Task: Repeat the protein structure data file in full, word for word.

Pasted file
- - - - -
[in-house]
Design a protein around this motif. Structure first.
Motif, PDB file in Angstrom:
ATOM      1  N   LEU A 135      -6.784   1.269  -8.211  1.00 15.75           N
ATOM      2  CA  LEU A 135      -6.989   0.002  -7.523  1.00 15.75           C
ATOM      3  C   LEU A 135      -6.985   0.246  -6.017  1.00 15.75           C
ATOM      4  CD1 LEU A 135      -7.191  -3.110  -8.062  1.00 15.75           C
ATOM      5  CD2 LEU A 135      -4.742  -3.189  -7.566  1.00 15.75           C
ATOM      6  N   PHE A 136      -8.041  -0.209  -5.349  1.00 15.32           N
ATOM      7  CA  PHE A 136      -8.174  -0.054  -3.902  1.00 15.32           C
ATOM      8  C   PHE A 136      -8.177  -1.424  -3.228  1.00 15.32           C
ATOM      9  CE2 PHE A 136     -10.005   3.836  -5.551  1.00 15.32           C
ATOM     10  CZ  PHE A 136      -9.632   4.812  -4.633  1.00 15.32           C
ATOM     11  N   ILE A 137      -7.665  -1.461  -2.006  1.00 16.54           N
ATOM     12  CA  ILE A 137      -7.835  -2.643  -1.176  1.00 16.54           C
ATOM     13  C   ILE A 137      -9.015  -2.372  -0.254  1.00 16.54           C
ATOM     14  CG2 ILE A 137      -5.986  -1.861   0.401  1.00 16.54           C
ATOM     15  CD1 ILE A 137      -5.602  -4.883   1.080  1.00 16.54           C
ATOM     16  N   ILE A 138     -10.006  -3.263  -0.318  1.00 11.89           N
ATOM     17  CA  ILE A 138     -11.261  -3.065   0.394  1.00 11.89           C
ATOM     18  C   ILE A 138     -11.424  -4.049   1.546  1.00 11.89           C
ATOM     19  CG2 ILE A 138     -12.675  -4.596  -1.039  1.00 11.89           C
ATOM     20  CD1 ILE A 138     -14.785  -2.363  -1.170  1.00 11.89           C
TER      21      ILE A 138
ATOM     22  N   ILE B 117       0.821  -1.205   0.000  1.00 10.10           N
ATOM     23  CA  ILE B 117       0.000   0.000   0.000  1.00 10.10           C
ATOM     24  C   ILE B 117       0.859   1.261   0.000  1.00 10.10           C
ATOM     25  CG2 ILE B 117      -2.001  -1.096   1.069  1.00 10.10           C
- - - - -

[in-house]
Design a protein around this motif. Structure first.
Motif, PDB file in Angstrom:
ATOM      1  N   LEU A 135      -6.784   1.269  -8.211  1.00 15.75           N
ATOM      2  CA  LEU A 135      -6.989   0.002  -7.523  1.00 15.75           C
ATOM      3  C   LEU A 135      -6.985   0.246  -6.017  1.00 15.75           C
ATOM      4  CD1 LEU A 135      -7.191  -3.110  -8.062  1.00 15.75           C
ATOM      5  CD2 LEU A 135      -4.742  -3.189  -7.566  1.00 15.75           C
ATOM      6  N   PHE A 136      -8.041  -0.209  -5.349  1.00 15.32           N
ATOM      7  CA  PHE A 136      -8.174  -0.054  -3.902  1.00 15.32           C
ATOM      8  C   PHE A 136      -8.177  -1.424  -3.228  1.00 15.32           C
ATOM      9  CE2 PHE A 136     -10.005   3.836  -5.551  1.00 15.32           C
ATOM     10  CZ  PHE A 136      -9.632   4.812  -4.633  1.00 15.32           C
ATOM     11  N   ILE A 137      -7.665  -1.461  -2.006  1.00 16.54           N
ATOM     12  CA  ILE A 137      -7.835  -2.643  -1.176  1.00 16.54           C
ATOM     13  C   ILE A 137      -9.015  -2.372  -0.254  1.00 16.54           C
ATOM     14  CG2 ILE A 137      -5.986  -1.861   0.401  1.00 16.54           C
ATOM     15  CD1 ILE A 137      -5.602  -4.883   1.080  1.00 16.54           C
ATOM     16  N   ILE A 138     -10.006  -3.263  -0.318  1.00 11.89           N
ATOM     17  CA  ILE A 138     -11.261  -3.065   0.394  1.00 11.89           C
ATOM     18  C   ILE A 138     -11.424  -4.049   1.546  1.00 11.89           C
ATOM     19  CG2 ILE A 138     -12.675  -4.596  -1.039  1.00 11.89           C
ATOM     20  CD1 ILE A 138     -14.785  -2.363  -1.170  1.00 11.89           C
TER      21      ILE A 138
ATOM     22  N   ILE B 117       0.821  -1.205   0.000  1.00 10.10           N
ATOM     23  CA  ILE B 117       0.000   0.000   0.000  1.00 10.10           C
ATOM     24  C   ILE B 117       0.859   1.261   0.000  1.00 10.10           C
ATOM     25  CG2 ILE B 117      -2.001  -1.096   1.069  1.00 10.10           C